Data has been transmitted across a national electricity grid for the first time, in what could be a significant step towards the creation of virtual power stations, where many thousands of homes and businesses combine to manage electricity use more smartly. The new technology could lead to lower energy bills for consumers who allow small variations in the energy consumption of their appliances, such as water heaters or freezers. The flexibility provided by thousands of appliances combined could reduce peaks in energy use and remove the need for some large new gas or nuclear power stations or polluting diesel generator farms that are started up in times of short supply. The new data system, created using telecoms technology by Reactive Technologies (RT) and now successfully tested on the UK’s National Grid, could also allow the optimum use of intermittent renewable energy, an important feature given the fast-rising proportion of green energy on the grid. Unlike the smart meters being rolled out by the UK government, the new system is anonymous, with no data on household energy use being collected and therefore avoiding concerns about privacy. Catherine Mitchell, professor of energy policy at the University of Exeter, said: “This is a really important next step technologically.” She said it would allow customers to choose which appliances are used to manage demand. “This implies that more people would be content to join [such] programmes – a very good thing.” But she said government policy had to keep up with the energy revolution by providing a transparent way to pay consumers for the service they provide.
Guardian 11th Oct 2016 read more »
Some solar developers maintain well located solar arrays where the power can be used onsite still offer attractive returns to businesses and investors, while hopes remain that the falling cost of solar technologies and the emergence of energy storage systems mean the sector will be able to rebound strongly from the steep cuts to subsidies in the coming years. Now a new initiative it is hoping to speed up this recovery, with the launch of a new smartphone app from climate action charity 10:10. Launched late last month and drawing on the success of the wildly popular Pokémon GO app, the Look Up app gamifies the search for buildings which could provide good locations for rooftop solar panels.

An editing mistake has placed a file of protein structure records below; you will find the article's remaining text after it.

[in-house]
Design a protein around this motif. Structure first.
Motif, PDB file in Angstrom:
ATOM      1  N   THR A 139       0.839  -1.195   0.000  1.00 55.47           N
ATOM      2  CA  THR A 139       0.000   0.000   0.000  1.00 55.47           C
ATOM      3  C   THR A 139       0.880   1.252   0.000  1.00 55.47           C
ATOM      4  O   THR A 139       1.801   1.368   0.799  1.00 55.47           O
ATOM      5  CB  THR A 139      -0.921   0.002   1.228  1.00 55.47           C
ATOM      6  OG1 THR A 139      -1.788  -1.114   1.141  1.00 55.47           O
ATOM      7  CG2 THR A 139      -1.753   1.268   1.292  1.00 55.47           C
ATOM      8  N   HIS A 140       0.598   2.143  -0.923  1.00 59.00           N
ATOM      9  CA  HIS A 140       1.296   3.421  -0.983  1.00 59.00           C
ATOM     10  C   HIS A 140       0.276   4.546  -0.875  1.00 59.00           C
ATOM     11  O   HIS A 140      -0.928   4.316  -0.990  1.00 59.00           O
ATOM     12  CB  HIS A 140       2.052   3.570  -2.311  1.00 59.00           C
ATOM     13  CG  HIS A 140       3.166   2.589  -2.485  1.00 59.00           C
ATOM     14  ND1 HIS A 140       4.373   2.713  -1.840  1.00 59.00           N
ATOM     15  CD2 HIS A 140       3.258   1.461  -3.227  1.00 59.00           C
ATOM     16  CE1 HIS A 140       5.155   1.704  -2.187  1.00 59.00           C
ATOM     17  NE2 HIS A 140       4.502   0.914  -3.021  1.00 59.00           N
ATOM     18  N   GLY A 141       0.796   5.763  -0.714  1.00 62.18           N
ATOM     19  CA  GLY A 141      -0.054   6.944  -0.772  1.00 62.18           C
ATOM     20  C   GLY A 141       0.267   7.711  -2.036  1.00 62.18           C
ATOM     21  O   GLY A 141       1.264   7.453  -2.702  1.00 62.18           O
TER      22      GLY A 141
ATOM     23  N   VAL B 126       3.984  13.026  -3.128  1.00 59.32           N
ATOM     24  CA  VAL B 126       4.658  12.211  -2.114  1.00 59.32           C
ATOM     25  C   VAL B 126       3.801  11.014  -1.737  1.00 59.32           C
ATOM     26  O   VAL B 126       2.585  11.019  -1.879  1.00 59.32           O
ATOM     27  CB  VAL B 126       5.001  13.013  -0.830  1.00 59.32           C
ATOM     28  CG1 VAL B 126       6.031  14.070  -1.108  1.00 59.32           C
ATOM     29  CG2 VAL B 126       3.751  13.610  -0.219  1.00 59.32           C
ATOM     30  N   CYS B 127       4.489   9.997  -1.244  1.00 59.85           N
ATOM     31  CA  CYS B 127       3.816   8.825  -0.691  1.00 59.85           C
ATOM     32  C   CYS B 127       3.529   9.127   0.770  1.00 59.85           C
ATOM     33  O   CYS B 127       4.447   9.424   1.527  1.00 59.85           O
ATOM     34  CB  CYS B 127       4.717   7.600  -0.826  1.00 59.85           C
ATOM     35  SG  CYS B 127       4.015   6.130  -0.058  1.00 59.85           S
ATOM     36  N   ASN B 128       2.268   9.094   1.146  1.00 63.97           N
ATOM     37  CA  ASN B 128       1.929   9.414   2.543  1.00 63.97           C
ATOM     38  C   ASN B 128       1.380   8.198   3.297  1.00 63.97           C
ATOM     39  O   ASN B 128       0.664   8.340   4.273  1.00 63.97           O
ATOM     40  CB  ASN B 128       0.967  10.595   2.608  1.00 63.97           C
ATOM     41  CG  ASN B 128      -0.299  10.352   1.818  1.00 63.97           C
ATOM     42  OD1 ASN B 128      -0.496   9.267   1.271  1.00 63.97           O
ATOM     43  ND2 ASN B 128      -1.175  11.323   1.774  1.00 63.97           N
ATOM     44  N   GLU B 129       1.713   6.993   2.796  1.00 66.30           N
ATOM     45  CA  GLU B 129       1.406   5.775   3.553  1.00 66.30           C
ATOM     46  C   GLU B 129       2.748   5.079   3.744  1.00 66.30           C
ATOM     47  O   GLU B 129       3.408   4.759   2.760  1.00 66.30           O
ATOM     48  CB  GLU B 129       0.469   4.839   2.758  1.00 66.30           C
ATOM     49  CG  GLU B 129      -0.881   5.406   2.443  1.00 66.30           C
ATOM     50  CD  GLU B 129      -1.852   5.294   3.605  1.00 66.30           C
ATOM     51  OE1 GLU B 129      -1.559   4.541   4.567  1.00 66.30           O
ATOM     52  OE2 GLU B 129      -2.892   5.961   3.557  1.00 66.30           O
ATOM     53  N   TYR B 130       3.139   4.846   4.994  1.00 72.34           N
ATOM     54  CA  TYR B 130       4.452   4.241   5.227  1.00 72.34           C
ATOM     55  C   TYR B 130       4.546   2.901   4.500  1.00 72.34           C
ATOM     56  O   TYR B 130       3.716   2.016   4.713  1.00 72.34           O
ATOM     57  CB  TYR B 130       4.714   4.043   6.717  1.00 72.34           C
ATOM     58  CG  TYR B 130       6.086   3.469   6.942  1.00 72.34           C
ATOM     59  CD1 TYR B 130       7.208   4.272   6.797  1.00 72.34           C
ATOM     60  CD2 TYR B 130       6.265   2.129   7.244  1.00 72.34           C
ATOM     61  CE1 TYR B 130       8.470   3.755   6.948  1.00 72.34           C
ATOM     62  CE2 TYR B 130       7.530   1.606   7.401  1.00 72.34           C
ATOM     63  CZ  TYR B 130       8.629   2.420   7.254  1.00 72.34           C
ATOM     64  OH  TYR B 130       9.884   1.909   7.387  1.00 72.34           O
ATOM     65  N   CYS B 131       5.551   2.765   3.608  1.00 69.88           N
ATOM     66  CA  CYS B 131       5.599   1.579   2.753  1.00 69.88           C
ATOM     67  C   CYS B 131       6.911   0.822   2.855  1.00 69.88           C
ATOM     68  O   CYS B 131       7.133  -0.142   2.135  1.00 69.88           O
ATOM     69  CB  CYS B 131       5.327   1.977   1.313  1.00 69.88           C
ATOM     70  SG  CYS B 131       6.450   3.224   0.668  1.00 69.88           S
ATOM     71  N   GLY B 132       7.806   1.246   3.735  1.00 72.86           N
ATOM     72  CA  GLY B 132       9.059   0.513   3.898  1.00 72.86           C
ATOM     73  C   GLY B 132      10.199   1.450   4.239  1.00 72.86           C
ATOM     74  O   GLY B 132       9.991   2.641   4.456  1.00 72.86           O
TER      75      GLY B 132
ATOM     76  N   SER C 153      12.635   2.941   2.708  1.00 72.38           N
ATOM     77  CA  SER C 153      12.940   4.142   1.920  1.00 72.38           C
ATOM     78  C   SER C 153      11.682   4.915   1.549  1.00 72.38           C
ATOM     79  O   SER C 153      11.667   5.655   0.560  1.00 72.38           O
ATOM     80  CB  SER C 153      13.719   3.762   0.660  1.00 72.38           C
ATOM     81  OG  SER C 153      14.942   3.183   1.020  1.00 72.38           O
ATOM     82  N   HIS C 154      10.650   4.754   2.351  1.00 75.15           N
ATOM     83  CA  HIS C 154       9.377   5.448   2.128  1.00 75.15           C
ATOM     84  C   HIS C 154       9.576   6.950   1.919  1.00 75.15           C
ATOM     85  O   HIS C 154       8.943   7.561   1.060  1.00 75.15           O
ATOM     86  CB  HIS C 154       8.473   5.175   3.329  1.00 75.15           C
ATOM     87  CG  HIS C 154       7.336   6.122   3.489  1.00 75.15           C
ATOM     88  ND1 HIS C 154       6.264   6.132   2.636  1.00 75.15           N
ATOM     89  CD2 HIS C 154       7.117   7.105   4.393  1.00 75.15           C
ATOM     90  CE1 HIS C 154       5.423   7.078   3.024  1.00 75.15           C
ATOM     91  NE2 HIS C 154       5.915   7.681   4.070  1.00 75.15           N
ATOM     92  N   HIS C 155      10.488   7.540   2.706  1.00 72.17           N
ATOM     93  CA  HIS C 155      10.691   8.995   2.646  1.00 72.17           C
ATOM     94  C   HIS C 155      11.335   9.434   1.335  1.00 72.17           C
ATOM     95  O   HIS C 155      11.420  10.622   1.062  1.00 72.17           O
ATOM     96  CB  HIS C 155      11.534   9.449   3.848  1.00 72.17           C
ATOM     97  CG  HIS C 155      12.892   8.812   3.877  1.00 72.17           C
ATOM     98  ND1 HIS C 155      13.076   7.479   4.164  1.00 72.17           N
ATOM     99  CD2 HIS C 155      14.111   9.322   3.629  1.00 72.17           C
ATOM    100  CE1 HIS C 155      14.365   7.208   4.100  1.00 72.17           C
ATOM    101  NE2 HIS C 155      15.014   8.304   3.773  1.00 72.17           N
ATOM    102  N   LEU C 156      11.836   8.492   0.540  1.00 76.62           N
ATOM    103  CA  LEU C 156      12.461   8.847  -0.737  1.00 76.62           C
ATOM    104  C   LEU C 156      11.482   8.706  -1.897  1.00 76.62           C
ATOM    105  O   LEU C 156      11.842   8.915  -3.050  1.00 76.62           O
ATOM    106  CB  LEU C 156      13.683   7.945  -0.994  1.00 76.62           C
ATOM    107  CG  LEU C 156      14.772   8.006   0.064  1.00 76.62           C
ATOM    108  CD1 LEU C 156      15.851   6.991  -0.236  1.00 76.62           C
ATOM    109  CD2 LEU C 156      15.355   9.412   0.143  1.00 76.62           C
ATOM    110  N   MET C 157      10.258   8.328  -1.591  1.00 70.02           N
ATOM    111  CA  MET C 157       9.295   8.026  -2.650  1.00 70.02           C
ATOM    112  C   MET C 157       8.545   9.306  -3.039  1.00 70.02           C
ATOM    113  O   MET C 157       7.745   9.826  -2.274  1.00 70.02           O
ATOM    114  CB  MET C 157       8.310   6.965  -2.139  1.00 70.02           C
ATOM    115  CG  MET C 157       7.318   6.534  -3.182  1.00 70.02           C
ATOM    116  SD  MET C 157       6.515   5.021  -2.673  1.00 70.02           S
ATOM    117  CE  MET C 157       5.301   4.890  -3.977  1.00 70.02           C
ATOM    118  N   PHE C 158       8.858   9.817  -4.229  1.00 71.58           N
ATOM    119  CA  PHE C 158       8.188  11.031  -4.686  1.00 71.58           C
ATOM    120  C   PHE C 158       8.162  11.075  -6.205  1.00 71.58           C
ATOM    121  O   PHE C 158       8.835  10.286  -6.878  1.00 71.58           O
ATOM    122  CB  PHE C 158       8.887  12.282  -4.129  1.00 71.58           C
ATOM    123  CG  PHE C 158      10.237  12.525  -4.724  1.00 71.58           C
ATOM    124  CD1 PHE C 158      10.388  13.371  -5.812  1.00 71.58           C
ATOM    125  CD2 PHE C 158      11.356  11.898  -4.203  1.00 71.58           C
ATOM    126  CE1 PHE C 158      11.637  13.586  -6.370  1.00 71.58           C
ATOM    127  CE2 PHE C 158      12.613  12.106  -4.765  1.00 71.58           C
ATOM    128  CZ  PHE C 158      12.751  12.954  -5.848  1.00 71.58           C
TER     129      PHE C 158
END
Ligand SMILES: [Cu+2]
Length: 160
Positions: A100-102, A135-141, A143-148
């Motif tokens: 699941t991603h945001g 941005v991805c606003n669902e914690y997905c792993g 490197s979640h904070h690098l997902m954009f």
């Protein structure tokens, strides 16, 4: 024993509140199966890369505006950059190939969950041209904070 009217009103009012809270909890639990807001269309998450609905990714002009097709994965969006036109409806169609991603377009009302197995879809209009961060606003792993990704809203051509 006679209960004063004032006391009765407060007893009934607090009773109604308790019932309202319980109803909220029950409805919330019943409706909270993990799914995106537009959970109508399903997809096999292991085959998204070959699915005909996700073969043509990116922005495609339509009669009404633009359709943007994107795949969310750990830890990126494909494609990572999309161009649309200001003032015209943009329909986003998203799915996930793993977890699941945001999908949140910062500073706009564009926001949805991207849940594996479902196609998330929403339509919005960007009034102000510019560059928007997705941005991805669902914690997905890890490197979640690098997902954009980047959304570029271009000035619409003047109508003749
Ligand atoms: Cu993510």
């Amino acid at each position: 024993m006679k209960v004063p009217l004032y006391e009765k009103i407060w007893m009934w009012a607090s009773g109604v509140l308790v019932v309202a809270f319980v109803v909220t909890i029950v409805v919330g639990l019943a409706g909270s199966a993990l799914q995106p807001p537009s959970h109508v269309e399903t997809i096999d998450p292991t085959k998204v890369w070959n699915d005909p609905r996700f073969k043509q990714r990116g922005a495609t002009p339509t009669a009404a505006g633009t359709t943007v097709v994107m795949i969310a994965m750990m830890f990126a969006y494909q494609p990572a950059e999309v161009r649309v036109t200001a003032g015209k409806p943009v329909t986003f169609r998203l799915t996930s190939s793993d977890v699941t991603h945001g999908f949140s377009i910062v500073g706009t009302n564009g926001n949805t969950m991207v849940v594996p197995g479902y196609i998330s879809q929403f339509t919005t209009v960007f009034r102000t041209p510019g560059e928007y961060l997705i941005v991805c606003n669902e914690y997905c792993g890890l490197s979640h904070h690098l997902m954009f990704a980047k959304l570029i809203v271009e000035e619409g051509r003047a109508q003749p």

Business Green 12th Oct 2016 read more »
Sunamp are an amazing company, they produce batteries that store heat, charged by solar panels.
Fully Charged Show 12th Oct 2016 read more »
Renewable heat specialist Sunamp is preparing a pioneering project to transport heat from a waste treatment plant to the homes and businesses of Bristol – by barge. The company is in the process of applying to Innovate UK for funding for the novel scheme, which will see Sunamp extract heat from a waste processing plant in Avonmouth, store it in shipping containers and transport it by barge up the River Avon for use in Bristol’s district heating system.
Business Green 7th Oct 2016 read more »
Havering goes Solar
Havering London Borough Council has put forward plans to build its own solar farms in the latest example of wider adoption of solar developments by local authorities and the first to take up the technology on a large scale in London. The council has put forward plans to build two projects – a 6MW farm at Gerpins Lane and a 9.5MW project at Dagnam Park – which will be built on a former landfill site and scrub land respectively. While the Gerpins Lane will bring derelict lane back into use and benefit the local environment, the land adjacent to the Dagnam Park to be used for the larger site which is already owned by the council will be brought back into management. According to a spokesperson, the council intends to fund the proposed solar parks using its own capital budget reserves. However, it is also looking at the potential to release a portion of the capital cost to the public to allow residents to invest directly in the solar parks alongside the council.
Solar Portal 11th Oct 2016 read more »
An early day motion calling on the government to halt proposed changes to business rates attached to rooftop solar installations has received significant, cross-party support. Green party co-leader Caroline Lucas tabled the EDM yesterday, sponsored by one MP from all major parties represented in parliament with the exception of the UK Independence Party, noted for its opposition to renewables, and mainstream Irish parties. Lucas is the motion’s primary sponsor, with fellow sponsors comprising the SDLP’s Mark Durkan, Liberal Democrat leader Tim Farron and fellow MP John Pugh, Labour Party MP Roger Godsiff, the SNP’s John McNally, Plaid Cymru’s Liz Saville Roberts and Conservative Party MP Zac Goldsmith.
Solar Portal 11th Oct 2016 read more »